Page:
Tallinn declared European City of Trees 2015
The European Arboricultural Council (EAC) has, for the ninth time, chosen one city to carry the honorable title European City of the Trees. The winner this year is Tallinn, capital of Estonia.
“Tallinn merited the title of the European tree capital because the jury was impressed by the requirement to plant new trees to replace any that have been cut down,” EAC explained the decision to award the Estonian capital with the title.
The first European City of the Trees title went to Valencia, Spain, in 2007. Since then the nominees include Turin, Amsterdam, Prague, and several others. Tallinn takes over from 2014 winner Frankfurt in Germany.
With the award EAC aims to draw more attention to the ecological and cultural value of trees in urban environment and to promote European arboriculture.
“The fact that our capital is filled with greenery and that we invest a great deal in its maintenance is well known, but it is noteworthy that this is also recognized by specialists from the rest of Europe,” said Deputy Mayor Arvo Sarapuu (whose name in translation, coincidentally, means hazel). “In this regard, we are increasingly convinced that we possess all the preconditions to be chosen as the European Green Capital in 2018.”
Tallinn, the capital of trees 2015 (Photo: Tallinn.ee)
As of May, Tallinn is home to 52 listed trees, the majority of which grow in the city center. The foremost of these is Tallinn's oldest tree, a venerable linden near St. Nicholas' Church. Called the Kelch Linden it is named after a pastor who planted the tree around 1680.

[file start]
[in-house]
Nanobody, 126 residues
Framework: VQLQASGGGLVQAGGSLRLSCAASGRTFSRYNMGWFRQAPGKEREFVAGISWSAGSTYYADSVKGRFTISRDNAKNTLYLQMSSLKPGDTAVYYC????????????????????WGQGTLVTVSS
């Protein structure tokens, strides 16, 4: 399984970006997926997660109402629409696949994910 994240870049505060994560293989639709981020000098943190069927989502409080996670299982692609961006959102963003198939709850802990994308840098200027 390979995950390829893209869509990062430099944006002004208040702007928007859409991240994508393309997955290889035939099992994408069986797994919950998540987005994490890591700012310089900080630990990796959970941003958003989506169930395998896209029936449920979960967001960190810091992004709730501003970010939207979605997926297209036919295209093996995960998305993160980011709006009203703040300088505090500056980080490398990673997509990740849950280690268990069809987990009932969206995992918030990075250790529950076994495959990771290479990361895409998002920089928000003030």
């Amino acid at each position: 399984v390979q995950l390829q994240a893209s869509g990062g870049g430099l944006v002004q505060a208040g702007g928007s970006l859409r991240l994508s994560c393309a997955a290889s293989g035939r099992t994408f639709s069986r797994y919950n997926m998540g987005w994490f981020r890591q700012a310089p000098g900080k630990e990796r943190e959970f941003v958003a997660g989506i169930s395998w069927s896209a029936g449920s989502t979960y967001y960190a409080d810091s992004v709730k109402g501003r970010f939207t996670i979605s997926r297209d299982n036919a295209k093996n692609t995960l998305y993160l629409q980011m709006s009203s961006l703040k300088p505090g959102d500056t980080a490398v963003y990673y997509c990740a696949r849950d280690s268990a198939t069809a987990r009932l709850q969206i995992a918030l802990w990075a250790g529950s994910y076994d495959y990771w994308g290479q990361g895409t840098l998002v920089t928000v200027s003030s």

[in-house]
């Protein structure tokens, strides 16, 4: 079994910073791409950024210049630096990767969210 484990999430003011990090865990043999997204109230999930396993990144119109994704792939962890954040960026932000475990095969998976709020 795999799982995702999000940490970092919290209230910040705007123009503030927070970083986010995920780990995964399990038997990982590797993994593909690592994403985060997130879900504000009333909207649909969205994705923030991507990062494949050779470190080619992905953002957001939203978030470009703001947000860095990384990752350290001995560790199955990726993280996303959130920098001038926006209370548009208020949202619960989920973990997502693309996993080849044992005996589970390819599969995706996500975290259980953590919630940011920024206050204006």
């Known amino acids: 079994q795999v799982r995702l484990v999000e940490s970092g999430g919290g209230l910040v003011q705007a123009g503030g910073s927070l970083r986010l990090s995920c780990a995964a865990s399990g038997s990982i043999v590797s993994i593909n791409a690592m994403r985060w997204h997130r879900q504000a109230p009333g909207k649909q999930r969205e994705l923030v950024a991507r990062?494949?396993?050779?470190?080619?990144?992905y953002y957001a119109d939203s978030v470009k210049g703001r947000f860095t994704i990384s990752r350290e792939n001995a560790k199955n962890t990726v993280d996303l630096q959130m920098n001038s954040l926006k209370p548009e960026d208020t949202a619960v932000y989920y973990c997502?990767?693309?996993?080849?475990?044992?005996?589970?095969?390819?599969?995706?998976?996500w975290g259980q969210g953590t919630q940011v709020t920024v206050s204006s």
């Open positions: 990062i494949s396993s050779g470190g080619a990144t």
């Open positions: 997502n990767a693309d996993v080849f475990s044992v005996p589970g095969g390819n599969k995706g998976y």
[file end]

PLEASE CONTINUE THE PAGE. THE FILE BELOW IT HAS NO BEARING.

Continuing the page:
The award ceremony was thus carried out today at the foot of the Kelch Linden, which now has a beautiful forced fence surrounding it. Frankfurt's councilor and head of environmental department, Rosemarie Heilig, presented Deputy Mayor Sarapuu with the award at 13:00 earlier in the day.
The Kelch Linden, planted around 1680 (Photo: Tallinn.ee)
City Landscape Architect Kristiina Kupper said Tallinn has a number of policies in place that helped to secure the title and, of course, employs first-rate arborsist.
“For instance, if it not possible to preserve the trees on a building site, then if so-called “third and fourth class” trees are cut down, new trees must be planted in the vicinity,” she explained. “If the trees will not fit on the plot, they must be planted on public space. In Tallinn’s case, it is also important that trees are planted in public spaces and they are given the opportunity to grow into large trees with the help of a special planting cushion.”
New trees planted in Tallinn to replace those cut down (Photo: Tallinn.ee)
“Another important thing is that, before any detailed planning or project plans are drawn up, there is an obligation to compile an inventory of the trees and ascertain the value class of the trees. If the tree is in the first value class, it must be preserved in the course of the detailing planning. Trees cannot simply be cut down,” Kupper added.
Europe's Tree of the Year is also located in Estonia. An oak tree in the middle of Orissaare stadium on the island of Saaremaa won public vote for the title in March.